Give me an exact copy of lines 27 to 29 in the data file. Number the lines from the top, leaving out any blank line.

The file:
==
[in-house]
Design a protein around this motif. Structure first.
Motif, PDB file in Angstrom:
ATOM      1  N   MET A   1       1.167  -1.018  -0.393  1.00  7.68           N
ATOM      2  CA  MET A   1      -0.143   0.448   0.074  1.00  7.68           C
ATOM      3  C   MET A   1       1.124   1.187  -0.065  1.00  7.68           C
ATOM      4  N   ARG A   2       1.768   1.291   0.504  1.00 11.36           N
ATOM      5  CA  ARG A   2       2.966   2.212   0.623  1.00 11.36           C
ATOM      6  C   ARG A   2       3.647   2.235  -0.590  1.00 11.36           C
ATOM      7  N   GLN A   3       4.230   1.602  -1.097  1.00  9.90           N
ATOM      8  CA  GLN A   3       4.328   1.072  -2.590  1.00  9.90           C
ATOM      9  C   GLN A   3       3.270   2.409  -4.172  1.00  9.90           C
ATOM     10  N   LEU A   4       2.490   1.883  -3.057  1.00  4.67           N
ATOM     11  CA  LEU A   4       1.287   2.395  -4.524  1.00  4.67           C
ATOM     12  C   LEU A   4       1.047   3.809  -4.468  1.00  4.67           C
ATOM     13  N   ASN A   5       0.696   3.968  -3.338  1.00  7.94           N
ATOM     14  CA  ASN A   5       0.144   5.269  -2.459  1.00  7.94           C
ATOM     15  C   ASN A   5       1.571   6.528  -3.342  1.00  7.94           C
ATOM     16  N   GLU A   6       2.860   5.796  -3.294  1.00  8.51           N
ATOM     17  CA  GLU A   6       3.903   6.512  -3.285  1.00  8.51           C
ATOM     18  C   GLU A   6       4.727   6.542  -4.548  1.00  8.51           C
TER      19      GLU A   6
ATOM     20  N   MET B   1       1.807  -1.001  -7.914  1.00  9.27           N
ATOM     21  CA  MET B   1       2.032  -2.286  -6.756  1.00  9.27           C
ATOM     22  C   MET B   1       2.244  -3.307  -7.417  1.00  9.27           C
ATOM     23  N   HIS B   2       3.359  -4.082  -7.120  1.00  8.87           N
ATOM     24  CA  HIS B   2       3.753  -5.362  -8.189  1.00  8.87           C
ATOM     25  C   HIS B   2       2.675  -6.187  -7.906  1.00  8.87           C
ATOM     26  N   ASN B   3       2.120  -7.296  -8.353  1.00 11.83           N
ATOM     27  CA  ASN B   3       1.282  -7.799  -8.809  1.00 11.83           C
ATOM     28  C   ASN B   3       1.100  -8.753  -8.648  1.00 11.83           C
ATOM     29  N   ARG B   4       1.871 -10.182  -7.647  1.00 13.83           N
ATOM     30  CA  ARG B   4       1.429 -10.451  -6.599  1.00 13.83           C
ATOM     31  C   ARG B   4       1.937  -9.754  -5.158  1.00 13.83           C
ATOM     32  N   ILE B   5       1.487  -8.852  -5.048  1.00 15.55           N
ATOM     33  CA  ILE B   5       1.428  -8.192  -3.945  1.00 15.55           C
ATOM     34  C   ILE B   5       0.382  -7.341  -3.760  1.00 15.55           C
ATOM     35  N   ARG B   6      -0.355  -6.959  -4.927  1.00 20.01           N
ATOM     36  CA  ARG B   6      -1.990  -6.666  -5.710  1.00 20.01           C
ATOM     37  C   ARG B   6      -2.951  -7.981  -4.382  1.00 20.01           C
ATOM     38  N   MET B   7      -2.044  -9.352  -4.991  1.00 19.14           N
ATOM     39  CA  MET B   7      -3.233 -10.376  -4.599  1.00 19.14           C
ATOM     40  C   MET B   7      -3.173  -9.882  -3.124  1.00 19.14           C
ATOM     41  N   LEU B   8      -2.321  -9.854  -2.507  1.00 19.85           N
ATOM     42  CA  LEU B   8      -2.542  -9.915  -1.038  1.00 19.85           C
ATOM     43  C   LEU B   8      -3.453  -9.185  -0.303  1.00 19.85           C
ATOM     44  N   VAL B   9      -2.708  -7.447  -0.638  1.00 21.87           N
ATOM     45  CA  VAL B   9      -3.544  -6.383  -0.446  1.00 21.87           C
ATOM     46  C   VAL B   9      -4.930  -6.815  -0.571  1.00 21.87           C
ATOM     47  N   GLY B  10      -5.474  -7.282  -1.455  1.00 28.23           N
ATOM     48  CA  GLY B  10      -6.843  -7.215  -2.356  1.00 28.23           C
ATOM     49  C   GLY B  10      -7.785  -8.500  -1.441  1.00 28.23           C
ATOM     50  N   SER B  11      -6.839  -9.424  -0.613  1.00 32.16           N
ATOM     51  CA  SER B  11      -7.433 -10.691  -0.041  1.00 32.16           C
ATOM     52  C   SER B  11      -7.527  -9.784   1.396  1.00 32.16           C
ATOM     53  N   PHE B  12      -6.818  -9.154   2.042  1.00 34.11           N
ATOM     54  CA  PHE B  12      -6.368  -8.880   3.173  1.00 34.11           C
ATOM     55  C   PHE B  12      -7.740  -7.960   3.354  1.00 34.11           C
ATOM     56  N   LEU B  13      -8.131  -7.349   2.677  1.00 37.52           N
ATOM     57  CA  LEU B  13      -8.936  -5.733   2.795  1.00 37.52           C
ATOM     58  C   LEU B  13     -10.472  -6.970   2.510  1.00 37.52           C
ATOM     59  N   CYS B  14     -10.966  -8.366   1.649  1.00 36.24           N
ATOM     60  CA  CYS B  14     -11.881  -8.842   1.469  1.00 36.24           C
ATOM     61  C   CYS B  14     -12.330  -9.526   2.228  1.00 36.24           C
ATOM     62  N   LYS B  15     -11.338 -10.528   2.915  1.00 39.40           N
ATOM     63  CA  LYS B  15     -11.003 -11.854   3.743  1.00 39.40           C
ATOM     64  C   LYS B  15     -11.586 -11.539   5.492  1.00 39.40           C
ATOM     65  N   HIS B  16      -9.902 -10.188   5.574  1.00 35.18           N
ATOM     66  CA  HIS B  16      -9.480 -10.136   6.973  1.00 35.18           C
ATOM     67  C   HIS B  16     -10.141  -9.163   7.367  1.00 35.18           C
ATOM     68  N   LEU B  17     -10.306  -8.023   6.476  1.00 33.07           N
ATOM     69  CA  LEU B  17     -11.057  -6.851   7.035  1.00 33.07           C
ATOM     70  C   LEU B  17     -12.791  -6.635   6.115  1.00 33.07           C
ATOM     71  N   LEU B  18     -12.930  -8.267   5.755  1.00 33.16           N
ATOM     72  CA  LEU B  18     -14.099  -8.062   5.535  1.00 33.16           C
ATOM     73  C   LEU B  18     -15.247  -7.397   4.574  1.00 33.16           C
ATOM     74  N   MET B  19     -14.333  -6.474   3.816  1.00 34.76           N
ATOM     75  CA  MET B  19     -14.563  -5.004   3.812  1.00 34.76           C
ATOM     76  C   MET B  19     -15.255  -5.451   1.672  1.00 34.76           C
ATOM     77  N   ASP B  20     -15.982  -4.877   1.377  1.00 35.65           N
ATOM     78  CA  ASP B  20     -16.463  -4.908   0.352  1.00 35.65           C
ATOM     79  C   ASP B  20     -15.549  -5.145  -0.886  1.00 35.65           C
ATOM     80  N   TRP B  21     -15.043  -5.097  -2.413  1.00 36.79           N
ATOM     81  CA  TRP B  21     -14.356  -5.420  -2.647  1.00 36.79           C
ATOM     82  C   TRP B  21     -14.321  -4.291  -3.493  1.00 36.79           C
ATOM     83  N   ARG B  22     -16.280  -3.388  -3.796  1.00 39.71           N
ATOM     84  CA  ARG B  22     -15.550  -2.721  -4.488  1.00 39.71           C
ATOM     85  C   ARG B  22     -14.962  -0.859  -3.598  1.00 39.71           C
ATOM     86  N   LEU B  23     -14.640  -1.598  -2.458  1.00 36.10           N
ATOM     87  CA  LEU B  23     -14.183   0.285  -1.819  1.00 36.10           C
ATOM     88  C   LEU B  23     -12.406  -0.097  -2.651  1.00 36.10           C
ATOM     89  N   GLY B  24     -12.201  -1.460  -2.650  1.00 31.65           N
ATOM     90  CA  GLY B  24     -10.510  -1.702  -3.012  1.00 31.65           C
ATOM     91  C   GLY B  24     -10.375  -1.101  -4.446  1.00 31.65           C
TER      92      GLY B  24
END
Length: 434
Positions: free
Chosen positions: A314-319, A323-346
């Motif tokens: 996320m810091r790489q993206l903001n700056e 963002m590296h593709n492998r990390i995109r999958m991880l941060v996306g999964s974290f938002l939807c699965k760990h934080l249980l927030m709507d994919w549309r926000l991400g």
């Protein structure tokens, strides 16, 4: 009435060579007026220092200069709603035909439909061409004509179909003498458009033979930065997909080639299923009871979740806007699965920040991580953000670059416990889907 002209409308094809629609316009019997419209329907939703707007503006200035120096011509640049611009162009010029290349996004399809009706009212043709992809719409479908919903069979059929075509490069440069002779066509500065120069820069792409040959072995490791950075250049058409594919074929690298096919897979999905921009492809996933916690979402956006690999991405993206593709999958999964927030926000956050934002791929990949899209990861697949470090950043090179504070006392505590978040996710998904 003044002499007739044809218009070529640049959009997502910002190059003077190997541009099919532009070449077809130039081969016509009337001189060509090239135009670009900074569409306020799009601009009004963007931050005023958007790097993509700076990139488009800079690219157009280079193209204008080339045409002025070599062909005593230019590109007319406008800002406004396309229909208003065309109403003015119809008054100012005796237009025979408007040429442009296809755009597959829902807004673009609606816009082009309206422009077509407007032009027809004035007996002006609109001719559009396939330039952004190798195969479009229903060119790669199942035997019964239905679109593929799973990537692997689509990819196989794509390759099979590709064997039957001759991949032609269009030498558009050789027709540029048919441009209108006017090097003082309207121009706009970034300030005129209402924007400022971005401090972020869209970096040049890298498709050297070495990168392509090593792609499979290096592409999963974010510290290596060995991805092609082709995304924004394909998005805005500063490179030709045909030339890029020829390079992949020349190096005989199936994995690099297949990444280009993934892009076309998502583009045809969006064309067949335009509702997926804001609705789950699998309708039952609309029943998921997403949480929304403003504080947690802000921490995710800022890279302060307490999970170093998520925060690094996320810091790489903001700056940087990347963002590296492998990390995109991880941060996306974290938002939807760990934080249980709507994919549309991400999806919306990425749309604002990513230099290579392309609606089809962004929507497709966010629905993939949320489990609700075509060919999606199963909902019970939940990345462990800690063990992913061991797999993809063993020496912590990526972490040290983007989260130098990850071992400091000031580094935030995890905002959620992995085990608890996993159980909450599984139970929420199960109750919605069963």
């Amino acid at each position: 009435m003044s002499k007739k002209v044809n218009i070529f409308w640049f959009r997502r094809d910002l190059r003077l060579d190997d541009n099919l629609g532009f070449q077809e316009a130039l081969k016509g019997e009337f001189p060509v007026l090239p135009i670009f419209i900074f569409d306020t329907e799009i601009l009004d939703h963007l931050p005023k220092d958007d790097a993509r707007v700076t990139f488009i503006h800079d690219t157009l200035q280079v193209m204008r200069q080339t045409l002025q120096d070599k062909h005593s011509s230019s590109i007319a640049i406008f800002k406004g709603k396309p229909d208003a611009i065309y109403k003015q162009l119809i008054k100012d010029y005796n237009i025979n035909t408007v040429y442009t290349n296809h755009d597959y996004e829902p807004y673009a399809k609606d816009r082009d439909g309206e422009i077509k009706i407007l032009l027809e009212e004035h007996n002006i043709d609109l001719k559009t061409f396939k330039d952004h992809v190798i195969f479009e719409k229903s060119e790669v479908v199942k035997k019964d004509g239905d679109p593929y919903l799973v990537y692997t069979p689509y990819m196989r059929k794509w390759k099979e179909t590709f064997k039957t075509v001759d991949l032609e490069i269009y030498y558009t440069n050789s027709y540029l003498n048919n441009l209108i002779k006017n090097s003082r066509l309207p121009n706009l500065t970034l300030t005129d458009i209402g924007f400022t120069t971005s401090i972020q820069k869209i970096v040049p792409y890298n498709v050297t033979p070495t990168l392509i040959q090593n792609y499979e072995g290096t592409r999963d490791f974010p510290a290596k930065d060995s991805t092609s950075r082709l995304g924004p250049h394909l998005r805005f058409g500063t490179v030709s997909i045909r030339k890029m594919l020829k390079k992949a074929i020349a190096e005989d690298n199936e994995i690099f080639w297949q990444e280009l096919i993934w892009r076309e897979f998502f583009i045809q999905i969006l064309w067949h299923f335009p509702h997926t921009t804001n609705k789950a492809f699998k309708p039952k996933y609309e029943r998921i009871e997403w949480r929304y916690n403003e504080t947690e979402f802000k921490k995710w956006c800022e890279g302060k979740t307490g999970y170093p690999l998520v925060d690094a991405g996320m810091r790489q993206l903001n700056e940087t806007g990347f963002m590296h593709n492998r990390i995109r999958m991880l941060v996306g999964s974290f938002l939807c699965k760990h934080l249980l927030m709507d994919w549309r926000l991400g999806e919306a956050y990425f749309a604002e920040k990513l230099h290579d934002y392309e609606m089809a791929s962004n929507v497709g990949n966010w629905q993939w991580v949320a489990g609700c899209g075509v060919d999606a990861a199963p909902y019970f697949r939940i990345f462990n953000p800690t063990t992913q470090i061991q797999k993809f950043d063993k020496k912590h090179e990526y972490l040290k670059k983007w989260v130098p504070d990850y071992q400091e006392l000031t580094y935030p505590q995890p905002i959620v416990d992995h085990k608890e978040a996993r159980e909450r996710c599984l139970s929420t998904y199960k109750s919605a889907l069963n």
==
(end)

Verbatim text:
ATOM     24  CA  HIS B   2       3.753  -5.362  -8.189  1.00  8.87           C
ATOM     25  C   HIS B   2       2.675  -6.187  -7.906  1.00  8.87           C
ATOM     26  N   ASN B   3       2.120  -7.296  -8.353  1.00 11.83           N